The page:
I’ll admit it, I enjoy a first person shooter from time to time. As much as I like to be a gaming snob, I’ve lost many an hour to various Call of Duty games while I think Far Cry 3 is one of the best games from the last generation. It’s easy to see why so many enjoy them as well. We all like to act like an action hero, like we are Arnold Schwarznegger or Sylvester Stallone, and these games allow us to be one. But can we transfer that sort of fantasy into a film? Hardcore Henry aims to find out.
Henry (Andrei Dementiev, First Feature Film) is resurrected from the dead and has been turned into a super soldier by his wife Estelle (Haley Bennett, The Equalizer). However because of his new abilities, he is being tracked by the villainous Akan (Danila Kozlovsky, Vampire Academy) who wants to make a whole army of super soldiers like Henry to take over more of the world.
So if you’ve seen the trailer or even the shots from the film which my editor will have put in around this interview, you may have gathered that this film is entirely shot from the first person. It’s a very unique gimmick and to my knowledge, this has only been done once before for a feature film. So the question is, does it work? Surprisingly, the answer is mostly yes. For the action scenes, it has a good go at making you feel like you’ve just done these amazing athletic feats, and so gives you a thrill not many films can do. When Henry is flung into the air, kills a bad guy before perfectly landing a motorcycle to kill someone else and continue his chase, it actually makes you cheer. I don’t think I’ve cheered at an action scene since Mad Max: Fury Road, and that’s the highest compliment I can give a film.
However while the unique use of the camera gives this film it’s best moments, it also has some weaknesses in a weird similarity to the observing protagonist of High-Rise. While scenes such as the motorcycle chase and a particular moment going down an escalator do give you a thrill, the blander action scenes make you want to pick up a controller and start playing. That’s particularly irritating for me as I watch all my movies on a PS4, so I accidentally paused this film a lot. Also for production reasons, the film is forced to do jump cuts during the action scenes. This instantly takes you out of these scenes because you may be in a big thrilling scene and then it feels as if you’ve jumped ten seconds in time. It’s disconcerting and ruins the flow of the action in Hardcore Henry.
But you can’t rely on a gimmick if you want to be a successful feature film, so we do need a story and other characters. And the film is much weaker on this front. Early on in the film, Henry escapes from the lab he is created in with his wife but when they are on the ground, she is taken away from him. So despite the incredibly novel way to film this movie, the plot is the oldest in the book. If we’re going to continue this Hardcore Henry is like a video game thing, the action is from Call of Duty while the plot is straight out of Super Mario Bros. I’ll admit, there is a pretty good twist at the end which almost justifies this, but we’ve been stuck with the tired plot for too long by then.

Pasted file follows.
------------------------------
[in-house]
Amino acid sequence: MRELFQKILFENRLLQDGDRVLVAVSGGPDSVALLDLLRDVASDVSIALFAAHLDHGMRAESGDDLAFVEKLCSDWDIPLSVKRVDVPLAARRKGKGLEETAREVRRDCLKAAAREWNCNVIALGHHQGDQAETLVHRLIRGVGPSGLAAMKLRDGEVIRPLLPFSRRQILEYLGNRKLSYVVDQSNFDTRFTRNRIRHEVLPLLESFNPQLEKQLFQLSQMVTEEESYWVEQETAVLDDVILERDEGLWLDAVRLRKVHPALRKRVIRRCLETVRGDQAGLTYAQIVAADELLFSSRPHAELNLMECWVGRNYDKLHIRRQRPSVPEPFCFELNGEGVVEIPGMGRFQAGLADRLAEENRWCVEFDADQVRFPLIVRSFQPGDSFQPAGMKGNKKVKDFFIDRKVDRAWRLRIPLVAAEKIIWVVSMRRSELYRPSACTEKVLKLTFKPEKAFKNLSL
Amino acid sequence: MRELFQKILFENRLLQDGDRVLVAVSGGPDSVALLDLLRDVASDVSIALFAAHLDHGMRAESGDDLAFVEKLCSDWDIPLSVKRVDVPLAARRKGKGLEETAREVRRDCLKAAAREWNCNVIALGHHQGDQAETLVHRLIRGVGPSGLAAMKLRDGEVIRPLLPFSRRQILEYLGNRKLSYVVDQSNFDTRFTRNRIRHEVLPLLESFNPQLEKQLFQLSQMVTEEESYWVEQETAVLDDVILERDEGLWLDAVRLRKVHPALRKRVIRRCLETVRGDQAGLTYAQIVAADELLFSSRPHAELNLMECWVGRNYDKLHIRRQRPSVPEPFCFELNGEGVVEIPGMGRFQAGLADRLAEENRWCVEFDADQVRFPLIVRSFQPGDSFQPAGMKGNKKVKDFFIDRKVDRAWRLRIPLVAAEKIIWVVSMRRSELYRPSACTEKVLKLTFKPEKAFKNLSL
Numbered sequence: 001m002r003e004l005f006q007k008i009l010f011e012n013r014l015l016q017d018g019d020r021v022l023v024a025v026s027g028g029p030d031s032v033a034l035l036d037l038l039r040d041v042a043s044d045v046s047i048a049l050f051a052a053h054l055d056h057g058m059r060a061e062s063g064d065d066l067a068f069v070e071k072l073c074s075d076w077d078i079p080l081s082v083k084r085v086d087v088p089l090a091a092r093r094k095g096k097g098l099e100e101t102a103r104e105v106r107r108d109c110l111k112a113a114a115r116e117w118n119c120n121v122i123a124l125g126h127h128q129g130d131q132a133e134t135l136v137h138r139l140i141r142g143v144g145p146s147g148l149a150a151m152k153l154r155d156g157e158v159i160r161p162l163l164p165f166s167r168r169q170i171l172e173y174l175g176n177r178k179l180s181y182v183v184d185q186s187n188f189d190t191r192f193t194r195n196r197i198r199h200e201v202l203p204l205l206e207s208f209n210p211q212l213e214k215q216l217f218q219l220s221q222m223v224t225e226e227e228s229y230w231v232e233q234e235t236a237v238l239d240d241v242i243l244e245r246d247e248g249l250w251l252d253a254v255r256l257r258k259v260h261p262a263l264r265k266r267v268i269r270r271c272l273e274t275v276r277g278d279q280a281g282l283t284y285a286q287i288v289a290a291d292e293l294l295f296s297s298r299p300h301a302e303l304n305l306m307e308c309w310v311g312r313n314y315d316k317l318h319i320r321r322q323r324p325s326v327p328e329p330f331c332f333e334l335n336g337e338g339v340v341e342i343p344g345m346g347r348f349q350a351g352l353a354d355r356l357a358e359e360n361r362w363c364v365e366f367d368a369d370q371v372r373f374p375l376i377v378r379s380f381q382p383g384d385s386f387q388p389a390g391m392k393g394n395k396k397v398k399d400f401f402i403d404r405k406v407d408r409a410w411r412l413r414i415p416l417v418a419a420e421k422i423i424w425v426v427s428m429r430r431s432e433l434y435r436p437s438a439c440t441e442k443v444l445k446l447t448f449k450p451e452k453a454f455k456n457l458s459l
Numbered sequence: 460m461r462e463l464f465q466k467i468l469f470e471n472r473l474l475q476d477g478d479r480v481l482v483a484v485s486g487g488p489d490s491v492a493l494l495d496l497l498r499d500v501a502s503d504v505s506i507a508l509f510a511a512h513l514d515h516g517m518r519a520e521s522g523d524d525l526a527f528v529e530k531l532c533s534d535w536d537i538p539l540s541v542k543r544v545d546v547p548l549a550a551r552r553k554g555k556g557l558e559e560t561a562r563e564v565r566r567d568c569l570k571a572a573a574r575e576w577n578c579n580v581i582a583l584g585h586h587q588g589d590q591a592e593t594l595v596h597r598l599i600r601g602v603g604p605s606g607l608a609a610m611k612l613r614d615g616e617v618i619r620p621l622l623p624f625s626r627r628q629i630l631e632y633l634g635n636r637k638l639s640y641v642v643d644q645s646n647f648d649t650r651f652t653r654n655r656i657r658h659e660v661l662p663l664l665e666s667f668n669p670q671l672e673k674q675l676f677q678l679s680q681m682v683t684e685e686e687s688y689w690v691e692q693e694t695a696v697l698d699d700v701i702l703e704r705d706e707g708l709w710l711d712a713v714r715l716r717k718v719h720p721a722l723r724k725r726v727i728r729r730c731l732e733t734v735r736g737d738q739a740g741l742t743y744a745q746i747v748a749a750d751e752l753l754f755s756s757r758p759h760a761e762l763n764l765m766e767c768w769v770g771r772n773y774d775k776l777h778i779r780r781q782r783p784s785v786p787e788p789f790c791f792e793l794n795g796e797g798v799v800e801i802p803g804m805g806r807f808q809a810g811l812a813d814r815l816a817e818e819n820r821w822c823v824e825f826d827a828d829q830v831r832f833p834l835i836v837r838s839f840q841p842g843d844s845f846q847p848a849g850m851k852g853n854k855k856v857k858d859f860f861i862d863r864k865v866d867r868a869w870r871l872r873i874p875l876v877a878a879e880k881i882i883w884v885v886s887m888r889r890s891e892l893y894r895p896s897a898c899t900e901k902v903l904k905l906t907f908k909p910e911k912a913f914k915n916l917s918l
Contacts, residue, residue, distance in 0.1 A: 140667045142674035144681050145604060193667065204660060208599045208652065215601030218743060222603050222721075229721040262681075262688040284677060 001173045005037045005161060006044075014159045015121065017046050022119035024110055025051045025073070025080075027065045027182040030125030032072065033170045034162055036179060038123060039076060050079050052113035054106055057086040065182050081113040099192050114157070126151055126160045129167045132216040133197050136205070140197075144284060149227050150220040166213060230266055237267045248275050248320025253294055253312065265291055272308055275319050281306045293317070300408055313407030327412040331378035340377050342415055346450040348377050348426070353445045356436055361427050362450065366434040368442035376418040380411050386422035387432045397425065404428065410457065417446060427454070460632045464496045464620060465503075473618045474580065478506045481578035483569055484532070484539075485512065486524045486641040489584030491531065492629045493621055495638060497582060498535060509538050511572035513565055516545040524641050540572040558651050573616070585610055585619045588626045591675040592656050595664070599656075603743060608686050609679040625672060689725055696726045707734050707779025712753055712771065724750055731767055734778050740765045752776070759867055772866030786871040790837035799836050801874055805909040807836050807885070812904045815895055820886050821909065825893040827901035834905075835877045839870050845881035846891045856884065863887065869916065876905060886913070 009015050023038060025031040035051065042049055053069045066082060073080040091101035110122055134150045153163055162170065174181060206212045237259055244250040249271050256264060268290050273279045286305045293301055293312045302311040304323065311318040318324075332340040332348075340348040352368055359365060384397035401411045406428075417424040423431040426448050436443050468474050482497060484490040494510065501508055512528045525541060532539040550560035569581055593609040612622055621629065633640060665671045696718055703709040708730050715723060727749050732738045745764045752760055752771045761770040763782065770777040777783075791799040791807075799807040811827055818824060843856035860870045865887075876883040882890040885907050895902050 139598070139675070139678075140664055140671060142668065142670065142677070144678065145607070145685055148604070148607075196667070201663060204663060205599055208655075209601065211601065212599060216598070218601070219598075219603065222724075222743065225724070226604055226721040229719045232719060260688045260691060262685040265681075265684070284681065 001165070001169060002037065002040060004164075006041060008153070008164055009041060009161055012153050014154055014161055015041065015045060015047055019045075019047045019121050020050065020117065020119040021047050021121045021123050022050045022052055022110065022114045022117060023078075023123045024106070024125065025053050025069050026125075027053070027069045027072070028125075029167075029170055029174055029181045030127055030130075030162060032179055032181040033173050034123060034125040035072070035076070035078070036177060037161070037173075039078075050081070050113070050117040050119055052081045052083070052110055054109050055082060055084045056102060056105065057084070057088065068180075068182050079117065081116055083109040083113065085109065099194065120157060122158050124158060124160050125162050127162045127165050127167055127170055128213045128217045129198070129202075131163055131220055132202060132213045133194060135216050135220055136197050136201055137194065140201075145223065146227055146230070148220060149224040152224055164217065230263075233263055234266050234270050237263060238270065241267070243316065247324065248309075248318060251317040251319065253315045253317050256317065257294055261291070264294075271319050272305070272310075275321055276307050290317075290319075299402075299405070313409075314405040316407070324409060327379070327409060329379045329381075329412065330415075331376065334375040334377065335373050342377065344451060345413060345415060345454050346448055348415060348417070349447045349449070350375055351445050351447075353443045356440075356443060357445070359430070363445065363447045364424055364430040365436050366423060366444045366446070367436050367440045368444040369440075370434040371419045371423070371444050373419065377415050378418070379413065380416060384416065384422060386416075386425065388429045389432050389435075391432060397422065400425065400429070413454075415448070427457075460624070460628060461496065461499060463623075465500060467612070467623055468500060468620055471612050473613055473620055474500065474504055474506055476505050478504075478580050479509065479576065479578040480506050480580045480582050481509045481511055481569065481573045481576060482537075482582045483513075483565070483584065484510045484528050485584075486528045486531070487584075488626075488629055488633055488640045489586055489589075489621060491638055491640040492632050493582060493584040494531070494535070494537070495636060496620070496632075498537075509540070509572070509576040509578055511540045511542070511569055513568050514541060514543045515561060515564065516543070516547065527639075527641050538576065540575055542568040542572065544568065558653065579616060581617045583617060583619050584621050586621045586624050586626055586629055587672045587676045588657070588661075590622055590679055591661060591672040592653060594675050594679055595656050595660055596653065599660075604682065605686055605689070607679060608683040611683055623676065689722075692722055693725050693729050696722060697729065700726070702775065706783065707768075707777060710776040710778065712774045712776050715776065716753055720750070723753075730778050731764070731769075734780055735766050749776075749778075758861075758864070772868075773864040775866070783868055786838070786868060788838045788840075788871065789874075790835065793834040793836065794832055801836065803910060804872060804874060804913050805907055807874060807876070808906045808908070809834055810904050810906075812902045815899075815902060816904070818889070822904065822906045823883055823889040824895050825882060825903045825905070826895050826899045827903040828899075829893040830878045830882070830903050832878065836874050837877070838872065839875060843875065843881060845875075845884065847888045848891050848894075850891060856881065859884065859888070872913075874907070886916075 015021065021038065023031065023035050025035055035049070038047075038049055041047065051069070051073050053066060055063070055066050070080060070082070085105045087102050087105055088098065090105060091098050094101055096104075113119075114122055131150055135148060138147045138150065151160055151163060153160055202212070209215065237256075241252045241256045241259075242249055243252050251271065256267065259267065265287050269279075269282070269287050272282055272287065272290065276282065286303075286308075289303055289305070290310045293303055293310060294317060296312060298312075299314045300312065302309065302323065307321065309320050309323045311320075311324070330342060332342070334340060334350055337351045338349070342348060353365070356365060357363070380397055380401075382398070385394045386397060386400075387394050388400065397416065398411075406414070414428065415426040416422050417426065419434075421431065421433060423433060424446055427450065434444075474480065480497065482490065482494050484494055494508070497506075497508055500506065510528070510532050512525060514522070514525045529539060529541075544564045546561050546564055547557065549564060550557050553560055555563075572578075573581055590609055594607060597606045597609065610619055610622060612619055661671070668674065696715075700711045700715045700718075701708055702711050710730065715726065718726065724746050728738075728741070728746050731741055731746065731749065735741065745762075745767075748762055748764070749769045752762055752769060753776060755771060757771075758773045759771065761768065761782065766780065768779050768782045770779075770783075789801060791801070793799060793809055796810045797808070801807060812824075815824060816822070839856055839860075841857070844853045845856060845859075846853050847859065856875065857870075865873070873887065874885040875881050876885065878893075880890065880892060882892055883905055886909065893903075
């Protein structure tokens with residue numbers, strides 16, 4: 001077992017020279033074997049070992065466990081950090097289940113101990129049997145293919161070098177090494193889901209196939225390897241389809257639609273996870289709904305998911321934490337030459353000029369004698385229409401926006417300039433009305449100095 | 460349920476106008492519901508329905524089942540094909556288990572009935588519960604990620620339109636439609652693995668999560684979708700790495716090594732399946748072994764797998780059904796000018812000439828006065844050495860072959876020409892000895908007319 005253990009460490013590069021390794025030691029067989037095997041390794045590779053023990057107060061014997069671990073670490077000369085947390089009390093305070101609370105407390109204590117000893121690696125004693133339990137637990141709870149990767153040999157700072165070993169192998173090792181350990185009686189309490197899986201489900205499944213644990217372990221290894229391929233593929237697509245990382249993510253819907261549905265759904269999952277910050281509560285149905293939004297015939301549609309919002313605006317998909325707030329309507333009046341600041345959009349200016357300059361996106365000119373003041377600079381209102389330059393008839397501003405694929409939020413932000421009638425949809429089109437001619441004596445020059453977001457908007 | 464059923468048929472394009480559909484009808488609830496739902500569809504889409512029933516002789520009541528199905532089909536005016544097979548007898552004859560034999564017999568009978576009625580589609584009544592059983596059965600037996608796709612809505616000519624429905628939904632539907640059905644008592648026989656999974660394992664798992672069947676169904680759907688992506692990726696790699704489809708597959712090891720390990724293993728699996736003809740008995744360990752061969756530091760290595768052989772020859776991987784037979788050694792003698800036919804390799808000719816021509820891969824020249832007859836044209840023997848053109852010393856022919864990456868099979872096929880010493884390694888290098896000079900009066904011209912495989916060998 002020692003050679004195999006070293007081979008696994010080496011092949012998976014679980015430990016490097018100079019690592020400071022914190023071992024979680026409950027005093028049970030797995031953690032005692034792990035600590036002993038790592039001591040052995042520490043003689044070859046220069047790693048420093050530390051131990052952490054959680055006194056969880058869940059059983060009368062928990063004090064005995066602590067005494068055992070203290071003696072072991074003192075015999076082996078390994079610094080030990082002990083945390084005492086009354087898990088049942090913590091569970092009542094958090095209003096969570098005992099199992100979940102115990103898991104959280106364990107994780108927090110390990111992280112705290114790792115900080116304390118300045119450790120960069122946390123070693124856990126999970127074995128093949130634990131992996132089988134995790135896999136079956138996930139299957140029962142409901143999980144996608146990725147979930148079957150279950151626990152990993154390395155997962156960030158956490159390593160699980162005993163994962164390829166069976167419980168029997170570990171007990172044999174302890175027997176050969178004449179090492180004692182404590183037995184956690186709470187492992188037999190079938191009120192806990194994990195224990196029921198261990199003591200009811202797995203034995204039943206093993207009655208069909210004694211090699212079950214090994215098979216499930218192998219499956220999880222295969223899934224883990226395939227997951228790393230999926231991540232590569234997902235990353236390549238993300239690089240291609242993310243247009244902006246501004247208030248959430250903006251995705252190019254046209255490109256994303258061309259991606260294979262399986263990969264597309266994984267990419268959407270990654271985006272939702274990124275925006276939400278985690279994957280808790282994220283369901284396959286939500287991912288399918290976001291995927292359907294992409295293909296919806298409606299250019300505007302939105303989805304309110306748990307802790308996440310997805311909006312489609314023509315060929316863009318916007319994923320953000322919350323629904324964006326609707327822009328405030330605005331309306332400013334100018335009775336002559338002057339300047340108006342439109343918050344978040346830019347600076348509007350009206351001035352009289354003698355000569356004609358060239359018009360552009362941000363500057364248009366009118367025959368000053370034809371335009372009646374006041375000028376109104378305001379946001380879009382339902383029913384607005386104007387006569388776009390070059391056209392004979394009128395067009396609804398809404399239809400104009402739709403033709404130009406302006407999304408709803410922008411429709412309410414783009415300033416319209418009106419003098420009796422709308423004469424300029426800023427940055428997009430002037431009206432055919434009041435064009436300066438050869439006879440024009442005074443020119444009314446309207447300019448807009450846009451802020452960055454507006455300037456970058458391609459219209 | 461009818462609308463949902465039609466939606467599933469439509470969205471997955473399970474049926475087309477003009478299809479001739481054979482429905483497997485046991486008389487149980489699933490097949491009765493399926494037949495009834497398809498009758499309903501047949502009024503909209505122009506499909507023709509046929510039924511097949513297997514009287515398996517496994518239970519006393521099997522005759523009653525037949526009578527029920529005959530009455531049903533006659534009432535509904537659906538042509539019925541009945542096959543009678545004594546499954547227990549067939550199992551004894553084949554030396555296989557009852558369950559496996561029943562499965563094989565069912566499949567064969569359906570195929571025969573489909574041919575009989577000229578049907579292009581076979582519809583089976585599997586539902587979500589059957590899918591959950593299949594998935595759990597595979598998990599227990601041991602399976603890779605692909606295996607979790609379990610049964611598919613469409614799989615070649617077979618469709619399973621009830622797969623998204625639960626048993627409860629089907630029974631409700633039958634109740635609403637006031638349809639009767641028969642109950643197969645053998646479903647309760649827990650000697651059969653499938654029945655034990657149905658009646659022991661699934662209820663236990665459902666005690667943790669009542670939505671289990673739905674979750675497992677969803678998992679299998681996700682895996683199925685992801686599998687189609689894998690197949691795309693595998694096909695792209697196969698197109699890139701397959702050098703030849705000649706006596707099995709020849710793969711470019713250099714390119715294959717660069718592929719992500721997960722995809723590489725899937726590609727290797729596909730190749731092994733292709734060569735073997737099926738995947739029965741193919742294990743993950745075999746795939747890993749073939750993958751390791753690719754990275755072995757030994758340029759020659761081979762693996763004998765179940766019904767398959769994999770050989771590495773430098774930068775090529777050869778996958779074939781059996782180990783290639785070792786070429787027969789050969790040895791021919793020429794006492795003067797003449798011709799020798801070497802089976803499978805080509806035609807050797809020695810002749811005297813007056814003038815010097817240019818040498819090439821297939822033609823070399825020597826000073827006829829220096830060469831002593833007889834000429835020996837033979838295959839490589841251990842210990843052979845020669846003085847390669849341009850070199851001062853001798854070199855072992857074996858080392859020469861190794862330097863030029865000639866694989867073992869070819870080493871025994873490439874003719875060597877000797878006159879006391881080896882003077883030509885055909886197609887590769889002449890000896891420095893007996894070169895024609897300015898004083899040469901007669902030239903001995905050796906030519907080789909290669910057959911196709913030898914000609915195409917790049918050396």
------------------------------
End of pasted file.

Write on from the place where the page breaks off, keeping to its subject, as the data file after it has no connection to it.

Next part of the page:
And boy, is this villain bad. His motivation is suitably bland, take over the world and steal the girl, and you can see that Danila Kozlovsky is trying to go over the top to make up for that. Yet he makes me realise that what Tim Curry and other British actors did in their performances is actually really tough, because in the end it’s just embarrassing to watch. The best explanation I can come up with is that this is a pale imitation of Jesse Eisenberg’s performance as Lex Luthor from Batman V Superman. Yes, it is that bad.
I’m being a bit cruel on the performances here and that’s not really fair because Sharlto Copley (District 9) is a saving grace. He plays many characters in this film because he plays many clones of one guy who you meet later in the film. And whether he is playing the hippy or the British general type, he is a joy because Copley has so much personality. With the main character being silent, to enforce that it’s actually you, he is a much needed companion for most of the film and he will drag you through the slower bits.
Even though I can’t say this is a great or even a good film, Hardcore Henry is really worth a watch because I think more and more will follow this film’s lead, and it could end up being revolutionary in a way. The action can be a thrill even when on your normal TV, so imagine what this stuff is going to be like when it’s on one of those VR headsets. I can see tonnes of films, where short form or feature length, being done from the first person to make us really think we’re in the movie. Despite having a poor plot, stupid villain and a couple of mediocre action scenes, Hardcore Henry is the start of a trend that’s only going to get bigger over the next few years.